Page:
CAF takes the lead in ASEAN thrust

China Daily (Hong Kong) - - ROUNDTABLE - By EVE­LYN YU in Hong Kong eve­lynyu@chi­nadai­

Mak­ing its first investment in the ASEAN (As­so­ci­a­tion of South­east Asian Na­tions) mem­ber states in 2010, quasi-sovereign eq­uity fund China-ASEAN Investment Co­op­er­a­tion Fund (CAF) has taken the lead un­der the China-led Belt and Road (B&R) Ini­tia­tive, strik­ing a bal­ance be­tween profit-mak­ing and pro­mot­ing in­fra­struc­ture devel­op­ment in the 10-mem­ber re­gional group­ing.

The first tranche of CAF’s $1-bil­lion investment pool has been plowed into 10 ASEAN projects that are mainly en­gaged in in­fras­truc ture, en­ergy and nat­u­ral re­sources.

“We’ ve been in­vest­ing in the Philip­pines’ largest ship­ping and lo­gis­tics com­pany, the largest port in Thai­land and the largest telecom­mu­ni­ca­tion in­fra­struc­ture providers in Cam­bo­dia and Myan­mar. We’ve also in­vested in the fast grow­ing health­care sec­tor in Sin­ga­pore,” CAF Man­ag­ing Di­rec­tor Pa­trick Ip told the Hong Kong Sum­mit fo­rum on Tues­day.

He sa i d th e r e ar e gr e a t investment op­por­tu­ni­ties in the ASEAN coun­tries, given the asym­me­try be­tween its strong growth and the huge investment gap.

Cit­ing fig­ures from the Asian Devel­op­ment Bank, Ip said in­fra­struc­ture in Asia re­quires an an­nual spend­ing of about $1.7 tril­lion. He es­ti­mated that gov­ern­ments can con­trib­ute 20 per­cent of the funds re­quired, while the pri­vate sec­tor can pump in 10 per­cent. The investment gap in­fra­struc­ture is huge, he noted.

CAF, spon­sored by the Chi­nese main­land’s Ex­port-Im­port Bank of China, is cur­rently fundrais­ing for the sec­ond tranche, and the ex­er­cise is ex­pected to be com­pleted in the fourth quar­ter of this year, with a tar­get of rais­ing $1 bil­lion to $3 bil­lion.

The US dol­lar-de­nom­i­nated off­shore fund has seen six of its 10 investment projects suc­cess­fully ex­ited, record­ing a dou­bledigit re­turns rate.

Ac­cord­ing to Ip, an ini­tial pub­lic of­fer­ing is not their first choice un­der the ex­it­ing strat­egy, “Take the Philip­pines as an ex­am­ple, the daily trans­ac­tion vol­ume of their stock ex­change is around $200 mil­lion — just a frac­tion of that of the Hong Kong stock mar­ket,” he said, adding that it’s dif­fi­cult for in­vestee com­pa­nies to go pub­lic.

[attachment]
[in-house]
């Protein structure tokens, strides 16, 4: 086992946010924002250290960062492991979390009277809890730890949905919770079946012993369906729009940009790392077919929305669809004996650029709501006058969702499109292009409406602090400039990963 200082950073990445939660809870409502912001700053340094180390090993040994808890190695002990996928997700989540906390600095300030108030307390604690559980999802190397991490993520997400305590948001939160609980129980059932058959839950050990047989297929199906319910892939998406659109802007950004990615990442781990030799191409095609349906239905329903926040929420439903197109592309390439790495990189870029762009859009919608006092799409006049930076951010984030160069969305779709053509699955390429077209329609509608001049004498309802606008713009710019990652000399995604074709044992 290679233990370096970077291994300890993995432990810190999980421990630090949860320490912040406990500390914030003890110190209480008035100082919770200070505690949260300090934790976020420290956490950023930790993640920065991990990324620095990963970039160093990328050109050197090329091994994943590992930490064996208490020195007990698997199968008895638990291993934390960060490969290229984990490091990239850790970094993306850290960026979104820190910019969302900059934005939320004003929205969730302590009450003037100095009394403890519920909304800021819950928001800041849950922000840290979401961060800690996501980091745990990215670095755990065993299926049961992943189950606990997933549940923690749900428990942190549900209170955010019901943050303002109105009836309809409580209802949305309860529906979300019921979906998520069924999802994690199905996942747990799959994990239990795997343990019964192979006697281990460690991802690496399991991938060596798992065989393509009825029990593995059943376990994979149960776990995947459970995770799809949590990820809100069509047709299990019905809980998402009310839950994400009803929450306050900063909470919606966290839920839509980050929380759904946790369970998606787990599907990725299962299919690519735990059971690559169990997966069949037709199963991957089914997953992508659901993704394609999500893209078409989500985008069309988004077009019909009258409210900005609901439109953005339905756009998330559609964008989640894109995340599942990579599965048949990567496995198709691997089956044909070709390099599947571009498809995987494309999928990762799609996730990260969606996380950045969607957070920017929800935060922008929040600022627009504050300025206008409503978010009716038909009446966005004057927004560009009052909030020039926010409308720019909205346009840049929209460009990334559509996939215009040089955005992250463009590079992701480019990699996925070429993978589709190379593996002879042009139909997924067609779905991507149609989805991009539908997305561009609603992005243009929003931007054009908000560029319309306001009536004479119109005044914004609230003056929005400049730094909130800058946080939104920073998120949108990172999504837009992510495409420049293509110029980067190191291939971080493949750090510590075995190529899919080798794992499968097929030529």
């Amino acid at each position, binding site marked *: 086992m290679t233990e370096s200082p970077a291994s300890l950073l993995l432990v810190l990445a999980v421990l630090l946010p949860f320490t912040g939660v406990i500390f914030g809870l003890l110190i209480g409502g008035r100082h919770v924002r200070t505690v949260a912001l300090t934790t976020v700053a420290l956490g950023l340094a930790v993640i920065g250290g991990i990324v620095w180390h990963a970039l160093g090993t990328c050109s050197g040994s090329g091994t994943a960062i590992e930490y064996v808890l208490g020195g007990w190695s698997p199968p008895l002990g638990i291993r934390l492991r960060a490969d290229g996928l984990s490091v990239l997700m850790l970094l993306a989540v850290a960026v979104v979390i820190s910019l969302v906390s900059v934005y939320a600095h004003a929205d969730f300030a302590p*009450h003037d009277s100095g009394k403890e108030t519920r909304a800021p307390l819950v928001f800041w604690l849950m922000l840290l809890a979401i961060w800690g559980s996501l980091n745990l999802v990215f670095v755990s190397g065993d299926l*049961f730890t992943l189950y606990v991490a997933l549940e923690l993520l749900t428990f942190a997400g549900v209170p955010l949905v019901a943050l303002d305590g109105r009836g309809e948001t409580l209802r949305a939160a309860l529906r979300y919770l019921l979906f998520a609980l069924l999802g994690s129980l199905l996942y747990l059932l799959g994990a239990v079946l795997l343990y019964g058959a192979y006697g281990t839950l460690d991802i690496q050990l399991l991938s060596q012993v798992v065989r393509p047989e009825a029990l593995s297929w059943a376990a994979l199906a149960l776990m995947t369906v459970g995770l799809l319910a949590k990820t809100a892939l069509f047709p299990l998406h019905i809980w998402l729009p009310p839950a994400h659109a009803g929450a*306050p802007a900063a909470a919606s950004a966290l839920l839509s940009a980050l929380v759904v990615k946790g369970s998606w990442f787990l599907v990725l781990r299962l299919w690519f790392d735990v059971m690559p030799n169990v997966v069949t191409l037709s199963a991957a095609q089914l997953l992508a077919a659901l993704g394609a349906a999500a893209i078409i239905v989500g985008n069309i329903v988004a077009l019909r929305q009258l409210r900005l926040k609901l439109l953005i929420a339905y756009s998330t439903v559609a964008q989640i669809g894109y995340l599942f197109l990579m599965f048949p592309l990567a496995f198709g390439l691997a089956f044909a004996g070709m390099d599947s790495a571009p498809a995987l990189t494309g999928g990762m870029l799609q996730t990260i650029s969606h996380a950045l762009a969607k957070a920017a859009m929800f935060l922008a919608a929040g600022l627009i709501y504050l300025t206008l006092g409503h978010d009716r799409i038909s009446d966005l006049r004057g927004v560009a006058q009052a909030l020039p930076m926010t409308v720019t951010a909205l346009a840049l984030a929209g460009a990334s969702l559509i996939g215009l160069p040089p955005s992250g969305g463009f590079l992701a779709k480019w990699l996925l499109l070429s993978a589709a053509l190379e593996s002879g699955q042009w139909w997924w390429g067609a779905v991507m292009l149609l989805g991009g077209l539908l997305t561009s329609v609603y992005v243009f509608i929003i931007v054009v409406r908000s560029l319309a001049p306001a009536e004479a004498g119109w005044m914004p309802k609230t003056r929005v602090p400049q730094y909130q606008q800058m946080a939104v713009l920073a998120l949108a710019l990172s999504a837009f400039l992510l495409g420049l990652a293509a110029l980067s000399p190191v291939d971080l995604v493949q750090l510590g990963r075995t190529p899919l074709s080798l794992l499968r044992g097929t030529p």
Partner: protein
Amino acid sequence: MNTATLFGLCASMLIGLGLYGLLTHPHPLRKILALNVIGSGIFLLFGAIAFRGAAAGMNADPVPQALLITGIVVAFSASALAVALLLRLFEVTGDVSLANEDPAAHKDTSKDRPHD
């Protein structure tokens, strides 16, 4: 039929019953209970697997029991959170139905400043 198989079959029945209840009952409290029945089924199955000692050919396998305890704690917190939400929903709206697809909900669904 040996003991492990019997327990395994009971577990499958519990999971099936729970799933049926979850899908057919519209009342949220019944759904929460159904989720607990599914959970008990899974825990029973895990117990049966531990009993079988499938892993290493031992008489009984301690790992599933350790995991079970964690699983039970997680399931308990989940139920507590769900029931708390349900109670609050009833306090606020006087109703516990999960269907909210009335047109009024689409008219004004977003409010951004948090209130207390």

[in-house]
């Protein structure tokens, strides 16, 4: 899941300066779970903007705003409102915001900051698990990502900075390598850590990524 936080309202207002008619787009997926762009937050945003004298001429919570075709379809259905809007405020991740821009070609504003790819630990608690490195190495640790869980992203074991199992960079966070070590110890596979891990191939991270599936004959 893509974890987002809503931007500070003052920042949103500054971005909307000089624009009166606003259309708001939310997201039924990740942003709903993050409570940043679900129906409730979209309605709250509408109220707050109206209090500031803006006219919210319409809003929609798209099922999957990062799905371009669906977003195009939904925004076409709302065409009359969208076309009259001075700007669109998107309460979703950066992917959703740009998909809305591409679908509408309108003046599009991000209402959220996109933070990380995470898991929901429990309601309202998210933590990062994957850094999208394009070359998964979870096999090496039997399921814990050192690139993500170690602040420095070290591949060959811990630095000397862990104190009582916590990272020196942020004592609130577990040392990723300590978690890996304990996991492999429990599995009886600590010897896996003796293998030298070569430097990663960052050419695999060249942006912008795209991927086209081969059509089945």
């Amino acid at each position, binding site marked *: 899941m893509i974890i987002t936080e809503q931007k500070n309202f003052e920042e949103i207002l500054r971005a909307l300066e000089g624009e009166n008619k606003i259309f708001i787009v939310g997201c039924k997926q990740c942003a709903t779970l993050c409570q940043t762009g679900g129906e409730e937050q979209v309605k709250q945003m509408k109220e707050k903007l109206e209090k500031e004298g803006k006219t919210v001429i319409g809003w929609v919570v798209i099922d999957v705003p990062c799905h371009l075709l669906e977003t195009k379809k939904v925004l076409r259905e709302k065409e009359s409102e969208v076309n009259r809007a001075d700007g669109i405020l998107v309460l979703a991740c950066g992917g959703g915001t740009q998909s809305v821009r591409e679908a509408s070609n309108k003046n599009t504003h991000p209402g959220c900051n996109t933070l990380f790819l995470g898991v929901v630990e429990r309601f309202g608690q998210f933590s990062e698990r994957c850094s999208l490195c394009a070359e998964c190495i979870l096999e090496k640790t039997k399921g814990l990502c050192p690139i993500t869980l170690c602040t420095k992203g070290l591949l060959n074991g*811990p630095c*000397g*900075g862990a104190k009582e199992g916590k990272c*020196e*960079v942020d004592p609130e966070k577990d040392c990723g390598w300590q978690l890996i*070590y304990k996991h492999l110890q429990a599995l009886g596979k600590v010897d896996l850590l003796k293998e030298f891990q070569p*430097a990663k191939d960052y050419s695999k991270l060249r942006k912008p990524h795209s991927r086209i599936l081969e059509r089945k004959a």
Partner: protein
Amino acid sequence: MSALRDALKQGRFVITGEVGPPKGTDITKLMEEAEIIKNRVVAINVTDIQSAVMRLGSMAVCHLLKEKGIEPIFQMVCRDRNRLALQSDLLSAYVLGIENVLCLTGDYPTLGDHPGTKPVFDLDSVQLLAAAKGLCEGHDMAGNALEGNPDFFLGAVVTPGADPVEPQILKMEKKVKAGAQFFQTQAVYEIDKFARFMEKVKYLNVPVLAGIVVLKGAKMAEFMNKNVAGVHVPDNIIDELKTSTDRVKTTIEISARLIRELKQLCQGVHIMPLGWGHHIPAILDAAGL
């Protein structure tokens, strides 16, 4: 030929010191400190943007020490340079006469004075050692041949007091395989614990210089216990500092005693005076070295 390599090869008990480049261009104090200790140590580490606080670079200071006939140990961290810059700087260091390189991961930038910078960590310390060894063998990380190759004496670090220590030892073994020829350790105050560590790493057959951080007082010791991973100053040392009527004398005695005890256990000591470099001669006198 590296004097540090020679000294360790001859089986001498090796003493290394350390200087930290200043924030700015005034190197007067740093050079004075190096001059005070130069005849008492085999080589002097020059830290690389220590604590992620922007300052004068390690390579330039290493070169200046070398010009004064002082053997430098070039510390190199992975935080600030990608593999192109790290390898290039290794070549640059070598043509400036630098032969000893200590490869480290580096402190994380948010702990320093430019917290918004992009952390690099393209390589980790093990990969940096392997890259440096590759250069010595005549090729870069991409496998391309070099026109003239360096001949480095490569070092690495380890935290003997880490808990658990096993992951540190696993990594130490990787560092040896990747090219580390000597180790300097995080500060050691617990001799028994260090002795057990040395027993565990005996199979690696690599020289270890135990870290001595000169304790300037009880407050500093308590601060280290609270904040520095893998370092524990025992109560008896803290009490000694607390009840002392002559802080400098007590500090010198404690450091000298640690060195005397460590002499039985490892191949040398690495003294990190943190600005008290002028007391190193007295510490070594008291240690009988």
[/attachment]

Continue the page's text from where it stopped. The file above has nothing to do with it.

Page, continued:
How­ever, Ip stressed that pur­su­ing high re­turns is not their ul­ti­mate goal, and their investment phi­los­o­phy is to help po­ten­tial com­pa­nies grow.

When CAF in­vested in the Philip­pines’ largest ship­ping and lo­gis­tics com­pany sev­eral years ago, the earn­ings be­fore in­ter­est, tax, de­pre­ci­a­tion and amor­ti­za­tion (EBITDA) was low, but the fig­ure has im­proved sig­nif­i­cantly in re­cent years, Ip said. Apart from pro­vid­ing fi­nanc­ing, the fund also as­sisted the Philippine com­pany to im­prove and grow as part of its value-added post investment strat­egy.

Com­pared to other funds, Ip said CAF is more risk-averse. The ges­ture of in­vest­ing in in­vestee com­pa­nies serves as credit en­hance­ment which gives them more lever­age in fur­ther fund-rais­ing. The fund can also help them tap into the main­land mar­ket with the fund’s ex­ten­sive re­sources — perks that other funds might not have.

Af­ter a seven-year thrust into ASEAN, Ip said risks like geopo­lit­i­cal dis­putes could im­pose chal­lenges for Chi­nese main­land in­vestors. He’s glad to see that strate­gic projects like the B&R Ini­tia­tive can largely mit­i­gate ten­sion. Build­ing trust be­tween China and ASEAN coun­tries is im­por­tant for Chi­nese investment, he said.

Pa­trick Ip

Kriengsak Chare­on­wongsak (left) urges gov­ern­ments in the re­gion to strive for trade open­ness.

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